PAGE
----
I have to admit, as a missionary, I had it good when it came to food. Not only was I serving in the California Fresno Mission, which covers the fertile soil of the Central Valley, but I was consistently blessed by the generosity of members and non-members alike. From a humble meal of cold bologna sandwiches to skirt-splitting three-course feasts, some of my fondest mission memories come from around the dinner table.
While we were always grateful for whatever was put in front of us (as it should be with any missionary in any part of the world), the adamantly asked question of what we wanted for dinner was about as common as “How many wives does your dad have?” and “I guess you’re voting for Mitt Romney?” So if you’re stumped about what to make the missionaries for dinner, here’s some tips and suggestions to get you started!
Make Regional or Cultural Dishes. Before serving in California, I had never hear of a persimmon. Nor did I have any clue as to what tri-tip was. But I definitely know now, and I hope you get to know someday too. (Especially with the tri-tip.) Some of my favorite meals came when I got to try the foods that the Central Valley was known for. Wherever you are, if there is something your town, city, state, or even country is known for, your missionaries will likely be excited for the experience.
Provide Options. Meals that allow missionaries to customize their plate are an easy way to please everyone at the table. Breakfast for dinner, assemble-yourself-tacos, pastas with different sauces, and homemade pizza are always fun and sure to please.
Incorporate Some Fun. When my family had the missionaries over, one of our favorite things to do was make a fire in our backyard and have a roast. Hot dogs, peppers stuffed with cheese, and s’mores were all popular. Going outside around the fire provided a relaxed, family environment. While you and the missionaries always want to honor their calling, I know it felt great as a missionary to feel relaxed and laugh a little. Roasts, barbecues, state fairs, community activities, or simple holiday meals with a few traditional activities can revitalize your missionaries when they’re missing home. It’s also a great way to connect with your missionaries and build a relationship that can further the work.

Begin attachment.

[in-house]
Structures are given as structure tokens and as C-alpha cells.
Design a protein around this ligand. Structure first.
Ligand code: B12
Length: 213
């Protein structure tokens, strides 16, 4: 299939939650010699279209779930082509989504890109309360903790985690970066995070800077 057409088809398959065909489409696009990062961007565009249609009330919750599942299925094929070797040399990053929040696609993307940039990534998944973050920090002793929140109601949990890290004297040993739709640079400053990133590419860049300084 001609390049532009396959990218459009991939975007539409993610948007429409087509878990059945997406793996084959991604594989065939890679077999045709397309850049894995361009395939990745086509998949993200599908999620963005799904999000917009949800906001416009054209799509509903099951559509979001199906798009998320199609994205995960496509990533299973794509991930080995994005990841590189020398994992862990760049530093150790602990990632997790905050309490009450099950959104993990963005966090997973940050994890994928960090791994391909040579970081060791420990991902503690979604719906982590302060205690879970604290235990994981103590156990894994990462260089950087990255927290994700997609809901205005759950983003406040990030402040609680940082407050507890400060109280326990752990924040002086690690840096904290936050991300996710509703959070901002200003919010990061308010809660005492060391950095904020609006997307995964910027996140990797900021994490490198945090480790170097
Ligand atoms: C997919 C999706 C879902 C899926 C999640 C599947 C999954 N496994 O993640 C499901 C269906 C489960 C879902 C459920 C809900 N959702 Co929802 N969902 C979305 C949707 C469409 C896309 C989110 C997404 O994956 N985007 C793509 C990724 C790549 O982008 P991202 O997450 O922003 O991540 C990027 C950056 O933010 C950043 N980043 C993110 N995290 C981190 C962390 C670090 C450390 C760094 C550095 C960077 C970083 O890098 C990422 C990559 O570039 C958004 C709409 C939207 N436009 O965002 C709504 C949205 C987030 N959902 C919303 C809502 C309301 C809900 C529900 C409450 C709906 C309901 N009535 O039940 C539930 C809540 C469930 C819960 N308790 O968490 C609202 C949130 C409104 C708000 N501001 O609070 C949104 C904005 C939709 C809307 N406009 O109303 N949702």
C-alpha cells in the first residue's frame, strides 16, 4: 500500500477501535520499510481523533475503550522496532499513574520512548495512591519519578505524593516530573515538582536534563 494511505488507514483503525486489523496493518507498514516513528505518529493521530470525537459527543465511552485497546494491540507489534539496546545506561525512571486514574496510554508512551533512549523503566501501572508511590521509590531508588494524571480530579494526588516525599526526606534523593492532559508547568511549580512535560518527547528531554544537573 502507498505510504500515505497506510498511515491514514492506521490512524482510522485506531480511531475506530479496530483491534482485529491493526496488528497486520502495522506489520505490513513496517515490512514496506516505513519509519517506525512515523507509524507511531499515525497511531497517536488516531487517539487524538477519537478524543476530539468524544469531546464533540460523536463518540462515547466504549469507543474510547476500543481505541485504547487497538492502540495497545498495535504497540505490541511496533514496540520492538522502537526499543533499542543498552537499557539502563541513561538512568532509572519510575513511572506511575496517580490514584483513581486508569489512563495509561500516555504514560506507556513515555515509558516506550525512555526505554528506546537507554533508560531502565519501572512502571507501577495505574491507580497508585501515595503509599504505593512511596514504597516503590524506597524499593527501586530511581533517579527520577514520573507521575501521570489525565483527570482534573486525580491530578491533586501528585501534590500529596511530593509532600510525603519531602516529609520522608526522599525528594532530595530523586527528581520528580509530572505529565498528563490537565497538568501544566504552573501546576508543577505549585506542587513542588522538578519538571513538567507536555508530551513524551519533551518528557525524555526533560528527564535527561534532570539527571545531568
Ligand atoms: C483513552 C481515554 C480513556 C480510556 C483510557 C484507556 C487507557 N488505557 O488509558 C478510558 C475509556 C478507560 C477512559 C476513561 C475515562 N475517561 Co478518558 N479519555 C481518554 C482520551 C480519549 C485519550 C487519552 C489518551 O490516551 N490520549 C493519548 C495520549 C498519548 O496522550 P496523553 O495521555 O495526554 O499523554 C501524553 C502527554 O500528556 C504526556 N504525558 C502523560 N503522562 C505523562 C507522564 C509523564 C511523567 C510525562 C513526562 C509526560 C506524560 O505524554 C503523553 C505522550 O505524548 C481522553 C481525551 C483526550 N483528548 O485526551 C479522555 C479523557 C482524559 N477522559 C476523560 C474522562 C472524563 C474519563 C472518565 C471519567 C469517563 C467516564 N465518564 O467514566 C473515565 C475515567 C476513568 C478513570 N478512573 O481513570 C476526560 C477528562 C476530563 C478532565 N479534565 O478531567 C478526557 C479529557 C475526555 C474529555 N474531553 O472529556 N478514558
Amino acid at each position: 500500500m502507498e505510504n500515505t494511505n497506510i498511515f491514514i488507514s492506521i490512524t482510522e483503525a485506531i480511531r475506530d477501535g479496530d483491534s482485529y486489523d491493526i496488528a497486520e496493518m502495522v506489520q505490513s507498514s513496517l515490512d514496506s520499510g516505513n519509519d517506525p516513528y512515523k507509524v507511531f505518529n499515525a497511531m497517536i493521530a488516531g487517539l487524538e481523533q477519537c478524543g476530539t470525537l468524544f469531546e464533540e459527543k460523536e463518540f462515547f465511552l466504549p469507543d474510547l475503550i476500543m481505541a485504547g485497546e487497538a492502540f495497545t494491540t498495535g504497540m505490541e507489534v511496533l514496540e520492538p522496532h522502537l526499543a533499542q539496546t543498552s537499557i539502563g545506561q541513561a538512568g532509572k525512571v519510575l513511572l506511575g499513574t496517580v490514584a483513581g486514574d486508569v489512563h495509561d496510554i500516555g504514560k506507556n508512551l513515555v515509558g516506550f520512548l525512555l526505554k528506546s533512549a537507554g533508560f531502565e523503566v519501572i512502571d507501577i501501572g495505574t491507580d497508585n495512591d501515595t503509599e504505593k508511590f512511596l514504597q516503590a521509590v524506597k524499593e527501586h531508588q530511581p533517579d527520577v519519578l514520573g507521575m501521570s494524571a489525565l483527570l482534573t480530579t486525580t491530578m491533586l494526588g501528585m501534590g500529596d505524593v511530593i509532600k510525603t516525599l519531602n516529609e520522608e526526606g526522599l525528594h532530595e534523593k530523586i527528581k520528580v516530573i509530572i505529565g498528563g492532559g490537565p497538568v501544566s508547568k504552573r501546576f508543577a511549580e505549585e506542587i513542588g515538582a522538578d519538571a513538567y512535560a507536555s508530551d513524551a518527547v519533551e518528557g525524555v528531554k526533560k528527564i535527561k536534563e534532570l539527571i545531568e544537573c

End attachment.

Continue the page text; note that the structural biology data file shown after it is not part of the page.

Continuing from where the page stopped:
Make YOUR Favorites. By my third transfer, I had run out of favorite foods. While asking what a missionary’s favorite meal is is a great idea, making YOUR favorite meal is a sure-fire way to make a successful missionary meal. Not only will you feel confident and at-ease cooking it, alleviating stress, but there is likely a reason why it is a favorite for you or your family. Share that with your missionaries and they’ll feel like one of your own.
Remember the Spiritual Feast. I had a lot of chances to go to restaurants as a missionary. When feeding missionaries, I’ve also taken them out to our local town fairs and festivals. These can be different, delicious experiences. However, remember that your missionaries should want to feed you spiritually in return. My companion and I always had small lessons prepared for the families we dined with. If you would like to take missionaries out, invite them to give their thought before you leave or in a more private place after the meal is over. Getting the chance to have a lesson with members was always a spiritually-invigorating experience and was the best way we knew how to express our gratitude.
In Conclusion. My mission president had what would become a famous saying in our mission while I served there. He would quote it to anyone who served the missionaries in any capacity:
“The Lord loves His missionaries. And the Lord loves those who love His missionaries.”
Remember, no matter what you make for dinner, you are doing a great service and the Lord and His servants are grateful. Even if it’s a casserole.
We’d love to hear what you make when you have the missionaries over for dinner! Share your comments below.